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New Brunswick Police Commission releases report into review of Richard Oland investigation
HALIFAX -- The New Brunswick Police Commission has released its final report into the review of how the Saint John Police Force handled the investigation into the murder of multi-millionaire businessman Richard Oland.
His son, Dennis Oland, was charged with second-degree murder in his death, but was ultimately acquitted.
During Dennis Oland’s trial, the court heard that Richard Oland, 69, was beaten to death in his Saint John office on July 6, 2011, his skull shattered by repeated blows from a weapon that was never found.
During the trial, the court heard that at least 19 Saint John officers entered the crime scene on the day the body was discovered.
Many of the officers did not wear protective coverings, especially on their feet, despite the bloody scene.
“I think there was public concern as media was reporting and as evidence came out during the first trial and I guess a little bit during the second trial about perceived missteps by the police,” said author and professor Greg Marquis, who wrote a book about the case -- “Truth & Honour: The Death of Richard Oland and the Trial of Dennis Oland.”
On Dec. 23, 2015, the Saint John Board of Police Commissioners asked the New Brunswick Police Commission to conduct a review of the department’s major case management practices to determine if systems, processes and policies were in place to adequately investigate a homicide.
On Aug. 9, 2019, the NBPC requested documentation from the Saint John Board of Police Commissioners outlining efforts the Saint John Police Force has made to update policies, processes and training since the Oland homicide.
The NBPC conducted an on-site review to ensure stated policies and training were operationalized.
Three recommendations came out of the review:
- The New Brunswick Police Commission recommends the minister of public safety consider creating a provincial major case management policy.
- The Saint John chief of police will establish standard operating procedures and/or policy for investigating major crime incidents.
- The Saint John chief of police will utilize a ‘sudden death checklist for supervisors to complete upon conclusion of a sudden death incident deemed as non-criminal in nature.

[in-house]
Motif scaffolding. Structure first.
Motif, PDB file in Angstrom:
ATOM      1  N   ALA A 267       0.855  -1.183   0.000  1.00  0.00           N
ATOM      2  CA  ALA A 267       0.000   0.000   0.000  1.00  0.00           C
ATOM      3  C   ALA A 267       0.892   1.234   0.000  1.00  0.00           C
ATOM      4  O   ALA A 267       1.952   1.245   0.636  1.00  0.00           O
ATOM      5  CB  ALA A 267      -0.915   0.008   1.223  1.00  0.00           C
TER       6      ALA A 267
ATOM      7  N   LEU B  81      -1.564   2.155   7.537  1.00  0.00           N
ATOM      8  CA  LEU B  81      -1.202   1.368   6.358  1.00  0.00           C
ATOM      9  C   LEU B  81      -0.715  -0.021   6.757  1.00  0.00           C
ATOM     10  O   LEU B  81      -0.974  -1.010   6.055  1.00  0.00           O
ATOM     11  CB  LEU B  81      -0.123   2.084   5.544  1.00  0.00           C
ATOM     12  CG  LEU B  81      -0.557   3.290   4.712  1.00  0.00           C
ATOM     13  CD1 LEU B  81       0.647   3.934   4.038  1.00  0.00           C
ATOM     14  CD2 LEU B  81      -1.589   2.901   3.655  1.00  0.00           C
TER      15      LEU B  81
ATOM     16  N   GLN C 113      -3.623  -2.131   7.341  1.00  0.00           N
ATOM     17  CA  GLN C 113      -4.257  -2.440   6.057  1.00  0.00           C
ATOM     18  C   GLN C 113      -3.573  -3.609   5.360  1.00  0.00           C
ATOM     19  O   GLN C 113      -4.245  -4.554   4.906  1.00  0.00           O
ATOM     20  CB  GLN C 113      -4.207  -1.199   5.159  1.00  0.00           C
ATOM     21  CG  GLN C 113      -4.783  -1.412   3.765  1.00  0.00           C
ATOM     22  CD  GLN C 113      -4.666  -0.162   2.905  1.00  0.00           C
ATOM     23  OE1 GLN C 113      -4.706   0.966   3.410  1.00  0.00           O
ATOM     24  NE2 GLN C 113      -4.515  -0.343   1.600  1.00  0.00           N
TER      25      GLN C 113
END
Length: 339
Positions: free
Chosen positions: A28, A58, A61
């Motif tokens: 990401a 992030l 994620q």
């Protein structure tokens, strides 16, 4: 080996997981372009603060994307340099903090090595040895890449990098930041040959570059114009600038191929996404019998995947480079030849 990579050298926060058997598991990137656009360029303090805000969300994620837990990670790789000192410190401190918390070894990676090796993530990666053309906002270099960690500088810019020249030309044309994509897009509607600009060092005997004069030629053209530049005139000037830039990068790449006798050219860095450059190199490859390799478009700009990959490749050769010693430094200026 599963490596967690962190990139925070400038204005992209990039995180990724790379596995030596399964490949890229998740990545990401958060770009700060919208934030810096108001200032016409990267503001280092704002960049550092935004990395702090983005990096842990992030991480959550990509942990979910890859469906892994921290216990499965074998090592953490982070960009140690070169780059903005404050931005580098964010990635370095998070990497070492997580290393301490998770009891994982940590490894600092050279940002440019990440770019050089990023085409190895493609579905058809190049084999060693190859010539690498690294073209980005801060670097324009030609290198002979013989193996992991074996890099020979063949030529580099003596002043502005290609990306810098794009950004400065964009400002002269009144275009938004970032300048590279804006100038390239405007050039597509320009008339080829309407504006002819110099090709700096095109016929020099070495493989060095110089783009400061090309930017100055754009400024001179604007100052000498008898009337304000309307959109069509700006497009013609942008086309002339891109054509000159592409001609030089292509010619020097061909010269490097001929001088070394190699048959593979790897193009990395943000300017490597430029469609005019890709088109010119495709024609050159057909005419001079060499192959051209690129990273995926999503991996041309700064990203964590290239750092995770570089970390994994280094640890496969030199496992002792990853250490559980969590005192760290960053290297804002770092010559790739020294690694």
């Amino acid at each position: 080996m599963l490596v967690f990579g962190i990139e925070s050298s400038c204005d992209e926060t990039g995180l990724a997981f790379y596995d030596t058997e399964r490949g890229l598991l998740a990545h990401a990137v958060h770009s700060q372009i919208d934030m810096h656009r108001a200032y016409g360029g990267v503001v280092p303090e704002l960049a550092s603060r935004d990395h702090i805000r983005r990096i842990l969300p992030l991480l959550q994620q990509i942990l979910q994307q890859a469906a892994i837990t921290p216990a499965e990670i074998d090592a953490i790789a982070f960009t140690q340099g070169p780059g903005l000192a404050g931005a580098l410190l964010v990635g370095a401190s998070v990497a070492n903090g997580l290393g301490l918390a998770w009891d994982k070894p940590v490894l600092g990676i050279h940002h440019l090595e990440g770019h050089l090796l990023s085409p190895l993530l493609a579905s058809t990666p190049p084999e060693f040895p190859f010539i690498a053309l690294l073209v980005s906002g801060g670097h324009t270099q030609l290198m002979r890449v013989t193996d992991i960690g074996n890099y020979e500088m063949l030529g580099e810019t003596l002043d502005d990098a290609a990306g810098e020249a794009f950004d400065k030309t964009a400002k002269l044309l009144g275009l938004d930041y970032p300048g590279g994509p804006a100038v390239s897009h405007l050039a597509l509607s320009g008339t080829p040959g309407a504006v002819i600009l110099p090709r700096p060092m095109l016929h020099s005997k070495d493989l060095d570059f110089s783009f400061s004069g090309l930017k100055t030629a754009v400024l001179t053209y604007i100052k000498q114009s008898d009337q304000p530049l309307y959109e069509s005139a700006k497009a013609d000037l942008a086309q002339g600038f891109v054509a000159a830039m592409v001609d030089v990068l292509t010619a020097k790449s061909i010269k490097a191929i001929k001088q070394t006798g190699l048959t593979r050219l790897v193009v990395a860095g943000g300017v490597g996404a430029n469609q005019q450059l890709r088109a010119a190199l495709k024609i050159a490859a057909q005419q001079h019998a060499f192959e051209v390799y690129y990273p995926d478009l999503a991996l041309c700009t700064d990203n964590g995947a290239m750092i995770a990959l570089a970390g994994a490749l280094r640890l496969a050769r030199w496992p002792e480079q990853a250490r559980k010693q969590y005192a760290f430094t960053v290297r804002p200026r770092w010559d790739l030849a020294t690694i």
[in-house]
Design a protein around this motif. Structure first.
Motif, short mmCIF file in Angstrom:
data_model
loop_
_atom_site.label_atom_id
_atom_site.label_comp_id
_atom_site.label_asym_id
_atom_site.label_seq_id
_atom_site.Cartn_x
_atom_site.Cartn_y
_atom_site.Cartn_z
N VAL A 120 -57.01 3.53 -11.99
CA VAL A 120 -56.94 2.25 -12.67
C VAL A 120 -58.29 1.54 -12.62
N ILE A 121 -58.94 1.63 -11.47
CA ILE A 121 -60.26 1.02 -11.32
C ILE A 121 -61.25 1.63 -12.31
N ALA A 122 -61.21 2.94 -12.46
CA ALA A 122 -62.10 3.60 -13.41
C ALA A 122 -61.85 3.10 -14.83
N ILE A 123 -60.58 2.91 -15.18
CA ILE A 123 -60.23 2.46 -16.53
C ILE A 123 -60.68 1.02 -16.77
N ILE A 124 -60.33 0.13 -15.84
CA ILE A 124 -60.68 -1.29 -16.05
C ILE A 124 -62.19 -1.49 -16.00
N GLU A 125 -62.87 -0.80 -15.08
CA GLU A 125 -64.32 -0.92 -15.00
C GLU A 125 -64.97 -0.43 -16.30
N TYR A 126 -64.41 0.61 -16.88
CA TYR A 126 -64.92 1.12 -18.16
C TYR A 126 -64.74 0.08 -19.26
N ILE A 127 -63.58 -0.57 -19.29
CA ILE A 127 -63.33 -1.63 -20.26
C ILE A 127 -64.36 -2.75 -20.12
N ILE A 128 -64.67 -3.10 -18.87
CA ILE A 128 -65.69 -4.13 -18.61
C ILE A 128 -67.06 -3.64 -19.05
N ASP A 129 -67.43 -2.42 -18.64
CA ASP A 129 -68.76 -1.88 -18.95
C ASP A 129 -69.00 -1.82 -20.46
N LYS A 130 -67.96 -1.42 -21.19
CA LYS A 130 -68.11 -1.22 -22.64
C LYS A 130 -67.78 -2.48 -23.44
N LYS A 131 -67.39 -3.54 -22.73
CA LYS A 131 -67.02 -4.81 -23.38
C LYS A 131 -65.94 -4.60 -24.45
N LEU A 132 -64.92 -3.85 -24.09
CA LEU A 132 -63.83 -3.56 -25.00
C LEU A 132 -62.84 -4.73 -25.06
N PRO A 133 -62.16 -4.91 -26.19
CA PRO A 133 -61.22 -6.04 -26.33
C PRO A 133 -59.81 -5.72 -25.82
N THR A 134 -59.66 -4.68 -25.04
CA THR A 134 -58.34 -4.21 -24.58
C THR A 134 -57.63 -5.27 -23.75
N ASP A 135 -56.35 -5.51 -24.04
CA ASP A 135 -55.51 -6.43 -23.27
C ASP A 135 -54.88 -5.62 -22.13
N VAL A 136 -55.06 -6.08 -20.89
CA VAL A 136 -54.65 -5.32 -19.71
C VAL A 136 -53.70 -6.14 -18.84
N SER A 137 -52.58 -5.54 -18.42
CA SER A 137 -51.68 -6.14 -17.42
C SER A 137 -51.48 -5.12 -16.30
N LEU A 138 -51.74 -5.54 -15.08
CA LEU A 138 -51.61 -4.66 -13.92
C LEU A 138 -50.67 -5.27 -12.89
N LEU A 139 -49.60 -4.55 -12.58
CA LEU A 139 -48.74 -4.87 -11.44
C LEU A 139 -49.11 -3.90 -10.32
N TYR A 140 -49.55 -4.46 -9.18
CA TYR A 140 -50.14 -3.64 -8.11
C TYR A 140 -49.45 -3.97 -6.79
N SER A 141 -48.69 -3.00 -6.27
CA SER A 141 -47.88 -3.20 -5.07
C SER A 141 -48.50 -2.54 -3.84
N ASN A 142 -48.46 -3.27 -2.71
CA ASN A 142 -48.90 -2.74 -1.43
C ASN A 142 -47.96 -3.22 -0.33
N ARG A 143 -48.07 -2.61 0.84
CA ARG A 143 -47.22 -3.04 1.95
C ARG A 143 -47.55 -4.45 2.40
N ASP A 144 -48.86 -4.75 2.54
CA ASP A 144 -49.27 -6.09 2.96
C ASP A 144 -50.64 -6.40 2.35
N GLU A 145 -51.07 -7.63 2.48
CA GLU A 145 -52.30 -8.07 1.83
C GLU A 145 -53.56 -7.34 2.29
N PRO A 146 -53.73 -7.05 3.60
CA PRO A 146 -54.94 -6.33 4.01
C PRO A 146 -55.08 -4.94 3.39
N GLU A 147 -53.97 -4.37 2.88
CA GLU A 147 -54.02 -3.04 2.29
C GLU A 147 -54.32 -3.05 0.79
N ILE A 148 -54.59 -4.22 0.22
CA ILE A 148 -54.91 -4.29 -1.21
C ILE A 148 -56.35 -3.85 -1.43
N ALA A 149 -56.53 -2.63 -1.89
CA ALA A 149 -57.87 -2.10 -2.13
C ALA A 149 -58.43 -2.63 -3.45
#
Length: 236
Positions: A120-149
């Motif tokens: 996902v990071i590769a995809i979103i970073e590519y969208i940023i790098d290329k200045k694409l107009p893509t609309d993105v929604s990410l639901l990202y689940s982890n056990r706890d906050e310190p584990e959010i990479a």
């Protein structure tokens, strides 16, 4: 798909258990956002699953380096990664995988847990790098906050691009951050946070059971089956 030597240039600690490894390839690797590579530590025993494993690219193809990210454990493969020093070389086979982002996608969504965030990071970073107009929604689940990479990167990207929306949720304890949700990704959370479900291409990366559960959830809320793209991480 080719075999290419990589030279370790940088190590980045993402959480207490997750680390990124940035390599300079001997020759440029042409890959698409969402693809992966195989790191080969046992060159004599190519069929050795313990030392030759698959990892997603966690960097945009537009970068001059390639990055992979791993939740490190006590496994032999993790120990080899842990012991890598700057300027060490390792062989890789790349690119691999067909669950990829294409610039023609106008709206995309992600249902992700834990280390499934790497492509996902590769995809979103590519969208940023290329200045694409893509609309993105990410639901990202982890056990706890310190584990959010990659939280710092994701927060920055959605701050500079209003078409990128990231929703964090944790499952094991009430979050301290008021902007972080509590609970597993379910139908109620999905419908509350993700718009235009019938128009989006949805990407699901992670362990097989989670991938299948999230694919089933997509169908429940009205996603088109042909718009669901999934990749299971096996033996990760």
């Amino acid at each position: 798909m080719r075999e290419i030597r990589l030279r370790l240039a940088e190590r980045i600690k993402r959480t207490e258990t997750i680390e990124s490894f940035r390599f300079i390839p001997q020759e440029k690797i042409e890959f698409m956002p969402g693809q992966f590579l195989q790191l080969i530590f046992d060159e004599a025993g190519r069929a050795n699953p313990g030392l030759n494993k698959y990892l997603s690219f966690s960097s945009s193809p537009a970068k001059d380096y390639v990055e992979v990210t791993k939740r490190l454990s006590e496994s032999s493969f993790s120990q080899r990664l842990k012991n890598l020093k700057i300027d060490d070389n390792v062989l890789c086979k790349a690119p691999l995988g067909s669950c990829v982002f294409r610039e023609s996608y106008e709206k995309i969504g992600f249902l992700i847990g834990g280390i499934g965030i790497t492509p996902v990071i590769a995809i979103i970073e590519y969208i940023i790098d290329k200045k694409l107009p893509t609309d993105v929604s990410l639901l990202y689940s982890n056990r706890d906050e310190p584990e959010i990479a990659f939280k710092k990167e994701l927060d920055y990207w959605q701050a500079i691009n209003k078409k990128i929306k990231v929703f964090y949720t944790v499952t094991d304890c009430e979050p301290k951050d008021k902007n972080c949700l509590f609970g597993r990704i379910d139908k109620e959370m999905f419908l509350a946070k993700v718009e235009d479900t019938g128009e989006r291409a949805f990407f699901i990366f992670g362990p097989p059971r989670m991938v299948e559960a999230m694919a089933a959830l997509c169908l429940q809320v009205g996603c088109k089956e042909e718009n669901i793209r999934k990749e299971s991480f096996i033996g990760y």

The Saint John Police Force says the checklist has already been implemented and the standard operating procedures for investigating major crimes is in the process of being implemented.
“The SJPF is in compliance of the recommendations and thank the New Brunswick Police Commission for its due diligence in this matter,” said Saint John Police Force Chief Steph Drolet in a statement.
“This type of process is not an easy one but at times necessary. I am pleased to read in the report the NBPC is satisfied significant and permanent changes have been made by the SJPF in the investigation of major crime incidents.”
CTV News requested an interview with the Saint John Police Force but was told police had no further comment.
CTV News also requested an interview with the New Brunswick Police Commission but was told they were not available.
Dennis Oland spent close to a year in prison after being convicted by a jury in 2015. That verdict was overturned on appeal in 2016, and his second trial before judge alone resulted in a ruling of not guilty on July 19, 2019.
Justice Terrence Morrison of the New Brunswick Court of Queen's Bench found that Crown prosecutors failed to prove their case against Oland beyond a reasonable doubt.
In August, the Saint John Police Force said it was no longer actively investigating Richard Oland’s murder, despite the acquittal of his son.
With files from CTV Atlantic's Laura Lyall and The Canadian Press.